The body of your essay is the longest section. In the body you’ll present evidence (specifics that add interest and credibility to your essay and distinguish you from your competition) to support your thesis. In this section of your AMCAS essay, you’ll want to order your points (and sub-points if you have them) either chronologically, logically, or thematically. You should always put your most interesting points earlier in the essay.
Your essay’s conclusion should restate your main idea or theme. You shouldn’t parrot what you introduced earlier in the essay, but you should find a way to include it and also relate an implication or two, for example, why this theme or story is important or revealing. Also, if you asked a question at the beginning of your essay, make sure you’ve answered it by the end.
By Linda Abraham, president and founder of Accepted.com and co-author of the new, definitive book on MBA admissions, MBA Admission for Smarties: The No-Nonsense Guide to Acceptance at Top Business Schools.
If you’re an international student applying to the U.S., you’ve probably asked yourself this question: what TOEFL score do I need to get in? You might have heard that making it to the 100’s will guarantee you admission, but you’ve also had friends who reached that score and were turned down from schools. Confused yet? We’d be too!
But before you give up hope, our friends at Magoosh TOEFL have good news for you! They’ve just released a new infographic that shows what TOEFL sores you’ll need to get into top graduate schools in the U.S. It’s based off their research on the minimum scores required at top schools as well as what other students at those schools score on average. That means you now have a place to start and a goal to aim for when you decide to take the TOEFL. Cue sigh of relief!
I just had a great time playing around (and learning) on the DrSmarts website, a test prep site for pre-med, med school, and veterinary school applicants and students. There are a number of features that I’d like to highlight here:
• It’s free!
I mentioned this first because I think this will really be a draw for students. Lots of programs make you pay lots of money to access their resources. This one doesn’t – DrSmarts is an entirely free educational resource to help students reinforce what they are learning in the class room as well as to help review materials in advance of exams. And while it may not have some of the feature that the paid sites have (like tutors and practice exams), it certainly has enough features to provide a complete (not to mention fun – I’ll talk about this next) learning experience.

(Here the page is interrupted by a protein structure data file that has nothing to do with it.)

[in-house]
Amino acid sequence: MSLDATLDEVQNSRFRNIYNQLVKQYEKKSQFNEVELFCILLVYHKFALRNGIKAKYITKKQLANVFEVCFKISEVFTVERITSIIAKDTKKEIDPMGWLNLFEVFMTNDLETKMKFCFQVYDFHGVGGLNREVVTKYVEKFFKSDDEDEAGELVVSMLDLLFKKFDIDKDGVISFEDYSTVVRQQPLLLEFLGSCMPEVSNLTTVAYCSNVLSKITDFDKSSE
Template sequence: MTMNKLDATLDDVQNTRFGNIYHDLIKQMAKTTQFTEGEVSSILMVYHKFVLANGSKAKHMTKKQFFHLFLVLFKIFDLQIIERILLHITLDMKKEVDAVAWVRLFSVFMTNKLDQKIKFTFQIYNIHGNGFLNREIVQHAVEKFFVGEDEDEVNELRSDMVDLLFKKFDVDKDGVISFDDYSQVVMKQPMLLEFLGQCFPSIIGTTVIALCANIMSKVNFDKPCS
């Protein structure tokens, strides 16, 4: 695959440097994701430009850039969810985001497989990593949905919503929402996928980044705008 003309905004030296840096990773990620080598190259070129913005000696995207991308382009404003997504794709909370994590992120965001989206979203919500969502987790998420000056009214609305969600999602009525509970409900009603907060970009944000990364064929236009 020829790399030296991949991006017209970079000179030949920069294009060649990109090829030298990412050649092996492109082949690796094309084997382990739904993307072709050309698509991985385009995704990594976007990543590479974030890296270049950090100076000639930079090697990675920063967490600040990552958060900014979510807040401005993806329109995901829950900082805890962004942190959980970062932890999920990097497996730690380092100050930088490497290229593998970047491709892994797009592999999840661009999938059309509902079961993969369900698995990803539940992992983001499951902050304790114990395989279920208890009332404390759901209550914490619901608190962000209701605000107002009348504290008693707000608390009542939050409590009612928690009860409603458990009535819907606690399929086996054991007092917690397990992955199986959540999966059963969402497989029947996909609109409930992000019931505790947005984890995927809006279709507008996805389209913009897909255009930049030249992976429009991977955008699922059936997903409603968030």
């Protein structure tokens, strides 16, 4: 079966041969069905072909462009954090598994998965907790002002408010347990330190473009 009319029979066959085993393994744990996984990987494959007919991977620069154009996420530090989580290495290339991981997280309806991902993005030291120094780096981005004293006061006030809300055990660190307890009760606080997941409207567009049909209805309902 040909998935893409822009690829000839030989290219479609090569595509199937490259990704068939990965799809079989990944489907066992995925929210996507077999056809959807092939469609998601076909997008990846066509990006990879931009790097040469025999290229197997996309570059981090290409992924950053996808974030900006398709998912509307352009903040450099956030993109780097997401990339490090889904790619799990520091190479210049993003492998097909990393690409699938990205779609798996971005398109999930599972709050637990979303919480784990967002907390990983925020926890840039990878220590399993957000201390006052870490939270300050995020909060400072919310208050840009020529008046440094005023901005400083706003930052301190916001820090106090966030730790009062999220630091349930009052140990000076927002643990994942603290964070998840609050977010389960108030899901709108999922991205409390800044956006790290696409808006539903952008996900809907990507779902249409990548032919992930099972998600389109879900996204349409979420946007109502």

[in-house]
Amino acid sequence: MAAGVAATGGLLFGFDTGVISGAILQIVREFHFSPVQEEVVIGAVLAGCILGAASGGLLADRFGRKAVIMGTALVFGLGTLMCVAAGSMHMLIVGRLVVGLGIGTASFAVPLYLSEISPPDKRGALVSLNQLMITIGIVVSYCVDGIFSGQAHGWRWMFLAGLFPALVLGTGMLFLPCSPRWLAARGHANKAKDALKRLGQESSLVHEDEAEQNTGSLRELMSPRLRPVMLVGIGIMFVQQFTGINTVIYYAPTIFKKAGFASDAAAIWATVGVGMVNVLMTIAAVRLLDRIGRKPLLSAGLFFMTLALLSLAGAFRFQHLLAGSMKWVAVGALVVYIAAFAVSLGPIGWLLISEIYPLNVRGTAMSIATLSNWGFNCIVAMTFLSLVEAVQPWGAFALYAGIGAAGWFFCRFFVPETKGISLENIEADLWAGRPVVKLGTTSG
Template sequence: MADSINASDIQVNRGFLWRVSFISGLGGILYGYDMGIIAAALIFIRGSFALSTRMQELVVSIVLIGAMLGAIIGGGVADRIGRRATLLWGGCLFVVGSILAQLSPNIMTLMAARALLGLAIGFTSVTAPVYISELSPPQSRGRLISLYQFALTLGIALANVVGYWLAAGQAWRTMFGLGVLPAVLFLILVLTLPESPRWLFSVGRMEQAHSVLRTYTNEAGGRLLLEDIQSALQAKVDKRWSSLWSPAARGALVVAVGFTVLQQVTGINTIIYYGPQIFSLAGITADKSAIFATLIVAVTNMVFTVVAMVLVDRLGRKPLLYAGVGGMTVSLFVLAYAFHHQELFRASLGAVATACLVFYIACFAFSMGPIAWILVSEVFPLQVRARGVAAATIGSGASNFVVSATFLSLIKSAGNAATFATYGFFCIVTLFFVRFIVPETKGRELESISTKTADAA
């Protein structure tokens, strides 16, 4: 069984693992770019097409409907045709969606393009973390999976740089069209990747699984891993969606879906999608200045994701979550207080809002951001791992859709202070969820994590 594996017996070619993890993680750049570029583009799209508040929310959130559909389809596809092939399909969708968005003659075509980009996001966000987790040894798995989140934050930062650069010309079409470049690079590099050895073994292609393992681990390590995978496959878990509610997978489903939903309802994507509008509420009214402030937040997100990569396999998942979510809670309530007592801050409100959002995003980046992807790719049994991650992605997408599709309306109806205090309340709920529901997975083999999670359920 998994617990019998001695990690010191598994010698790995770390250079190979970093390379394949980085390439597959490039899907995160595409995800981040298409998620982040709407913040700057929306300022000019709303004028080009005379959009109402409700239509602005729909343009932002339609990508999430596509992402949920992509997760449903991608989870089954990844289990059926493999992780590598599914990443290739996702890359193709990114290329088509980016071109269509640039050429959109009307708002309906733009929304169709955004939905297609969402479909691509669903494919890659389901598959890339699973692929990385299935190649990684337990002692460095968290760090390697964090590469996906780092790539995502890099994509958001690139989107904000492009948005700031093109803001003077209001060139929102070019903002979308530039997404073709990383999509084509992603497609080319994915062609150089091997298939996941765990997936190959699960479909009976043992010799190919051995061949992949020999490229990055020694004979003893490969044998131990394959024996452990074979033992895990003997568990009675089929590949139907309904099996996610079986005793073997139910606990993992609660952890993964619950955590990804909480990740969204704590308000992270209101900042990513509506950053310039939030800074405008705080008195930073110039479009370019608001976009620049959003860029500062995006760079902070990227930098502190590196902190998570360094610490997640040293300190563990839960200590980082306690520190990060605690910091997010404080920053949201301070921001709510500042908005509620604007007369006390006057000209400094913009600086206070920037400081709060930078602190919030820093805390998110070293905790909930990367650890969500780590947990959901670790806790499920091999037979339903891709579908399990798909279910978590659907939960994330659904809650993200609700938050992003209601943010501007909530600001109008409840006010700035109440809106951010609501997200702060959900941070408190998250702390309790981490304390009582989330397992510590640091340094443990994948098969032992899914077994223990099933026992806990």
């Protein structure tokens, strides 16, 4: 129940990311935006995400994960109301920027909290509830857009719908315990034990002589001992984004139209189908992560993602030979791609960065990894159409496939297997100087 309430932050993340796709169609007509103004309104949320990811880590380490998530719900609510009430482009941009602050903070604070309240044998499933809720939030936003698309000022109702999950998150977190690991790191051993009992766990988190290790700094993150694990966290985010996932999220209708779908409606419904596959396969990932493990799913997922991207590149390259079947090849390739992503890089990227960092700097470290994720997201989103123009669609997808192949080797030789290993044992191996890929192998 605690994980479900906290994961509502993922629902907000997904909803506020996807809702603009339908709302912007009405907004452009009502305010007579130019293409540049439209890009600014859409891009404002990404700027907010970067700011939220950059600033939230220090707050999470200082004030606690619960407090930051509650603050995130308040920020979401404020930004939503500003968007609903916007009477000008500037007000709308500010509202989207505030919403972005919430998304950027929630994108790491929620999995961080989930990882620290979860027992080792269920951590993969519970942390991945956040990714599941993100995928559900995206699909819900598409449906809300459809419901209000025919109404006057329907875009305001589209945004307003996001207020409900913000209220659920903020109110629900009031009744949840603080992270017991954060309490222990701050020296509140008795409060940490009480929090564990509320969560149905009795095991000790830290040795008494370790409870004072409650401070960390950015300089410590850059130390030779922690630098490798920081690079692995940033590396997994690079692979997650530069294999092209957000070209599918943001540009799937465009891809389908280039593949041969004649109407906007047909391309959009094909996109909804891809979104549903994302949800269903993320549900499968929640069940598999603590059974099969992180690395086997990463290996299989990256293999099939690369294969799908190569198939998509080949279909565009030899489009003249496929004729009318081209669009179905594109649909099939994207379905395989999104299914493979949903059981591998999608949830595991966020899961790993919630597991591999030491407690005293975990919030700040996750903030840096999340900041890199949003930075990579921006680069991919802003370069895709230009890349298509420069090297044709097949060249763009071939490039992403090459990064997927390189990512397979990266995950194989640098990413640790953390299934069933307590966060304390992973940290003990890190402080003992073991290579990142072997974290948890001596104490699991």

• It’s fun!
One of my favorite features was the Brain Teasers section of the site. I found it slightly annoying that I couldn’t go from one question straight to the next (I had to go back to the dashboard in between questions), but otherwise, hands down, this was the most enjoyable part of the site.
• You earn points and win prizes.
Each time you answer a question correctly (like in the daily quiz section or the daily poll – both great features, by the way – or for referring someone to the site), you accrue points (called “eDivs”) to your account balance. At the end of each week, the students with the most points earned will get rewards for their meritocracy. And monthly, DrSmarts will give out more meaningful scholarships to the top point earners. This is why the company calls itself “the first incentivized learning community.” One of the basic tenets of the site is “Learn to Earn.”
• You earn points for charity.
For each quiz question answered correctly, DrSmarts will donate money on behalf of the students to their pre-selected charity or association. The other basic tenet of the site is “Learn to Give.”
• There’s a language lab.
This seems slightly out of place among all the science-focused work going on here, but I welcomed it with open arms! It looks like an incredible opportunity to strengthen your language skills. Powered by Mango.
• There are additional resources.
There are loads of practice materials – quizzes, e-books you can leaf through, and info about upcoming exams. And it’s all free! (Yes, mentioning that again.)
This is definitely a site worth checking out! See it here – https://drsmarts.smartsed.com/